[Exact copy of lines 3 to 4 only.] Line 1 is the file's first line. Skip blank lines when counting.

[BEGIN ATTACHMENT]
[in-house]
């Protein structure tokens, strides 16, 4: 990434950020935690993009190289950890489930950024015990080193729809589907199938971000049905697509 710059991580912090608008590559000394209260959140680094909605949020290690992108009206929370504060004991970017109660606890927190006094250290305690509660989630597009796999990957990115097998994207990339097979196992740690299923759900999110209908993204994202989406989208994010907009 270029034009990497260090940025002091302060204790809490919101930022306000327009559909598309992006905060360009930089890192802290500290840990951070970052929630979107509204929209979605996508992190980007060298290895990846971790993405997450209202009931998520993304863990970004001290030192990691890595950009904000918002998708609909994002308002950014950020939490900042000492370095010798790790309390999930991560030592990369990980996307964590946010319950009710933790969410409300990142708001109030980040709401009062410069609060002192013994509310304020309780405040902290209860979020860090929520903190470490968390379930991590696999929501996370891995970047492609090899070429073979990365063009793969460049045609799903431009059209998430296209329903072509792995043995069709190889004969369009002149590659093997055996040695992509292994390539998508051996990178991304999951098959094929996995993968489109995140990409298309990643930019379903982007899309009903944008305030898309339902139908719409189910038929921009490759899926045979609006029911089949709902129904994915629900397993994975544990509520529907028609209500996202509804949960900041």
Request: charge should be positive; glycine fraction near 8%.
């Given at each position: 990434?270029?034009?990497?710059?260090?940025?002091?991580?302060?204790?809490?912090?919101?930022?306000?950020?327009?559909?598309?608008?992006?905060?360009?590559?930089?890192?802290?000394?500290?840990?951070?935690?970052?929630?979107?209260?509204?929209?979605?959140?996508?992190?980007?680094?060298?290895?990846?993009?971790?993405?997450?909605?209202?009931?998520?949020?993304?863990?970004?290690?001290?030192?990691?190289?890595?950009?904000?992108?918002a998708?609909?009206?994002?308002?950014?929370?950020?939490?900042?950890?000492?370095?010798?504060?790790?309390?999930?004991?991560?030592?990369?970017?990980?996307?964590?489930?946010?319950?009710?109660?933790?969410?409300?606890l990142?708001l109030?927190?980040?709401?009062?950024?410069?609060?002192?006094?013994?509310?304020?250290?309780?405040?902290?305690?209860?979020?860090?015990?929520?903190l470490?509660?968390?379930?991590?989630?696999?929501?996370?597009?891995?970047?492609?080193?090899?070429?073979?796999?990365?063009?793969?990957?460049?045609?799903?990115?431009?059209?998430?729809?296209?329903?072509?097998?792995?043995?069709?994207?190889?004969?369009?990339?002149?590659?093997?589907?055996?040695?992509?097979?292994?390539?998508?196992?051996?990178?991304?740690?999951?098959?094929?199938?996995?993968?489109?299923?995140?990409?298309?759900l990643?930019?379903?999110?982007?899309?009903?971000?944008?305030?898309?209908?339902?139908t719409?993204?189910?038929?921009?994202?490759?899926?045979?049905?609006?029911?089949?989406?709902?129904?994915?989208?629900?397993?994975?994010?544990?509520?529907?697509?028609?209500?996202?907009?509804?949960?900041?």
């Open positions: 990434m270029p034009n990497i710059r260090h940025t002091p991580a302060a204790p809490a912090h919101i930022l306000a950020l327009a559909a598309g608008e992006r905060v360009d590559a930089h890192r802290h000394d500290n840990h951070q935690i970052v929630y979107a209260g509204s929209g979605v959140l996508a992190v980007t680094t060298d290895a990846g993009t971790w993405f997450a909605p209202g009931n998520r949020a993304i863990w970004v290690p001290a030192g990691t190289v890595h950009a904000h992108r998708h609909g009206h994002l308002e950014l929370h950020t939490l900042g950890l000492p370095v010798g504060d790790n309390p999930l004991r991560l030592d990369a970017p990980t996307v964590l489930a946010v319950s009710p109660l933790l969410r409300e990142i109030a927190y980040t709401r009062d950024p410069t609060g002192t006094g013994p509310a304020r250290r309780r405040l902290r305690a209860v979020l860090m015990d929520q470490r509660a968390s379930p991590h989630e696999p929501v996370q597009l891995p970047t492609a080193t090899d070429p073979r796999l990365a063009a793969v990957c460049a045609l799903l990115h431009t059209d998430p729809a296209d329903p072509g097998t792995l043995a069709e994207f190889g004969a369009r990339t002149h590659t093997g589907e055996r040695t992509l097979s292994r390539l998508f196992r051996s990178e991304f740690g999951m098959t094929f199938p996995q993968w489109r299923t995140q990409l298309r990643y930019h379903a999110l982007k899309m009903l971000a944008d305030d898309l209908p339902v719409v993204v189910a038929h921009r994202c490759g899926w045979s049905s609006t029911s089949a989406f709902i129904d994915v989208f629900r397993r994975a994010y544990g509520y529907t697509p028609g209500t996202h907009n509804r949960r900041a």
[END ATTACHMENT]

Request: charge should be positive; glycine fraction near 8%.
């Given at each position: 990434?270029?034009?990497?710059?260090?940025?002091?991580?302060?204790?809490?912090?919101?930022?306000?950020?327009?559909?598309?608008?992006?905060?360009?590559?930089?890192?802290?000394?500290?840990?951070?935690?970052?929630?979107?209260?509204?929209?979605?959140?996508?992190?980007?680094?060298?290895?990846?993009?971790?993405?997450?909605?209202?009931?998520?949020?993304?863990?970004?290690?001290?030192?990691?190289?890595?950009?904000?992108?918002a998708?609909?009206?994002?308002?950014?929370?950020?939490?900042?950890?000492?370095?010798?504060?790790?309390?999930?004991?991560?030592?990369?970017?990980?996307?964590?489930?946010?319950?009710?109660?933790?969410?409300?606890l990142?708001l109030?927190?980040?709401?009062?950024?410069?609060?002192?006094?013994?509310?304020?250290?309780?405040?902290?305690?209860?979020?860090?015990?929520?903190l470490?509660?968390?379930?991590?989630?696999?929501?996370?597009?891995?970047?492609?080193?090899?070429?073979?796999?990365?063009?793969?990957?460049?045609?799903?990115?431009?059209?998430?729809?296209?329903?072509?097998?792995?043995?069709?994207?190889?004969?369009?990339?002149?590659?093997?589907?055996?040695?992509?097979?292994?390539?998508?196992?051996?990178?991304?740690?999951?098959?094929?199938?996995?993968?489109?299923?995140?990409?298309?759900l990643?930019?379903?999110?982007?899309?009903?971000?944008?305030?898309?209908?339902?139908t719409?993204?189910?038929?921009?994202?490759?899926?045979?049905?609006?029911?089949?989406?709902?129904?994915?989208?629900?397993?994975?994010?544990?509520?529907?697509?028609?209500?996202?907009?509804?949960?900041?």